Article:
Cookies Policy

This site uses cookies. By continuing to browse the site you are agreeing to our use of cookies.

I accept this policy

Find out more here

Mencius’ Refutation of Yang Zhu and Mozi and the Theoretical Implication of Confucian Benevolence and Love

No metrics data to plot.
The attempt to load metrics for this article has failed.
The attempt to plot a graph for these metrics has failed.
The full text of this article is not currently available.

Brill’s MyBook program is exclusively available on BrillOnline Books and Journals. Students and scholars affiliated with an institution that has purchased a Brill E-Book on the BrillOnline platform automatically have access to the MyBook option for the title(s) acquired by the Library. Brill MyBook is a print-on-demand paperback copy which is sold at a favorably uniform low price.

Access this article

+ Tax (if applicable)
Add to Favorites
You must be logged in to use this functionality

Confucianism defined benevolence with “feelings” and “love.” “Feelings” in Confucianism can be mainly divided into three categories: feelings in general (seven kinds of feelings), love for one’s relatives, and compassion (Four Commencements). The seven kinds of feeling in which people respond to things can be summarized as “likes and dislikes.” The mind responds to things through feelings; based on the mind of benevolence and righteousness or feelings of compassion, the expression of feelings can conform to the principle of the mean and reach the integration of self and others, and of self and external things. The “relations between the seven kinds of feelings and the Four Commencements,” however, was not developed into a theoretical idea in Confucianism. After Confucius, the relationship between the universality of natural sympathies and the gradation of love for relatives gradually became an important subject in Confucian ideas of benevolence and love. By “refuting Yang Zhu and Mozi,” Mencius systematically expounded on this issue. Love had two ends: self-love and natural sympathies, between which existed the love for relatives. These two ends were not the two extremes of Yang’s self-interest and Mozi’s universal love. Love for relatives not only implied a gradation, but also contained universality and transcendence that came from self-love. Love for relatives, natural sympathies and self-love had a kind of tension and connectivity between two dynamic ends. The Confucian idea of benevolence and love hence demonstrated differences and interconnectivity. An accurate understanding of such “feelings” and “love” is important for us to grasp Confucian thoughts on benevolence and its realization.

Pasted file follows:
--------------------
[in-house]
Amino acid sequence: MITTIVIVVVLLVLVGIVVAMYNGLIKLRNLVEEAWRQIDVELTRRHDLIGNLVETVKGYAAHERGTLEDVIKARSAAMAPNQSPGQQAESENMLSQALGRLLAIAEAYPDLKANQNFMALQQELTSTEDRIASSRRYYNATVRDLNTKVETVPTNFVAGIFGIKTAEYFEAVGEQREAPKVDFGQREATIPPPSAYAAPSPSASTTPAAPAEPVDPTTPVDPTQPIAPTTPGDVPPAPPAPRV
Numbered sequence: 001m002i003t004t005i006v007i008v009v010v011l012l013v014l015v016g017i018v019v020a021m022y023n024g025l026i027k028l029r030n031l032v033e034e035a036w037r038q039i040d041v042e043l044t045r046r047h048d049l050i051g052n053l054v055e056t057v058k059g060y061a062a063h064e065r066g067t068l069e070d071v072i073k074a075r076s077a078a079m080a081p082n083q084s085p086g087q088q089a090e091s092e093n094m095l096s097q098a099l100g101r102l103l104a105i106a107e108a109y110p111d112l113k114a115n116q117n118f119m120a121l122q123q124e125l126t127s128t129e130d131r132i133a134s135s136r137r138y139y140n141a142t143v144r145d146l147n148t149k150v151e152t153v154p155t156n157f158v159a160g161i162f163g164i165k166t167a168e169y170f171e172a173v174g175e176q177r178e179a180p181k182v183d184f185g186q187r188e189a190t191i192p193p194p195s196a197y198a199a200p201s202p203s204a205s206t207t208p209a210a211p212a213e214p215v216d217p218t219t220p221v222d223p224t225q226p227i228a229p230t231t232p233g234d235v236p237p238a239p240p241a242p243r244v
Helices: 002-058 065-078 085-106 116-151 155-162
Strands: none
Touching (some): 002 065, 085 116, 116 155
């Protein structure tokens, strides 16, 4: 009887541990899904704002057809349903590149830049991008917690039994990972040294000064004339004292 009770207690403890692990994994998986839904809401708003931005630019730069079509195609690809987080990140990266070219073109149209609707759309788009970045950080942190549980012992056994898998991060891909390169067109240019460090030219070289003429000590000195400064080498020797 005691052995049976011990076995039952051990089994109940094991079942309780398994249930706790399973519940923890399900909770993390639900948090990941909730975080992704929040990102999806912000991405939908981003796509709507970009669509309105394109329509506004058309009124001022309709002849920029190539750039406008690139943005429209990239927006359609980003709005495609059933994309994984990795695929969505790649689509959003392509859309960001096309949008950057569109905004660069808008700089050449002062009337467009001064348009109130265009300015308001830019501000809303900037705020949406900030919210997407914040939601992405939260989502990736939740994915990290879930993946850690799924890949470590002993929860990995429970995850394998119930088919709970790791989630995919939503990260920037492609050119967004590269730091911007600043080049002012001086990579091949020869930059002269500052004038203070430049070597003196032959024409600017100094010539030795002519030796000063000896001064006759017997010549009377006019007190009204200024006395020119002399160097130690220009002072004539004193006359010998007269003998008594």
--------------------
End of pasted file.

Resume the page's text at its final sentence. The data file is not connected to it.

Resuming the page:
Full text loading...


Data & Media loading...

Article metrics loading...



Can't access your account?
  • Tools

  • Add to Favorites
  • Printable version
  • Email this page
  • Subscribe to ToC alert
  • Get permissions
  • Recommend to your library

    You must fill out fields marked with: *

    Librarian details
    Your details
    Why are you recommending this title?
    Select reason:
    Frontiers of Philosophy in China — Recommend this title to your library
  • Export citations
  • Key

  • Full access
  • Open Access
  • Partial/No accessInformation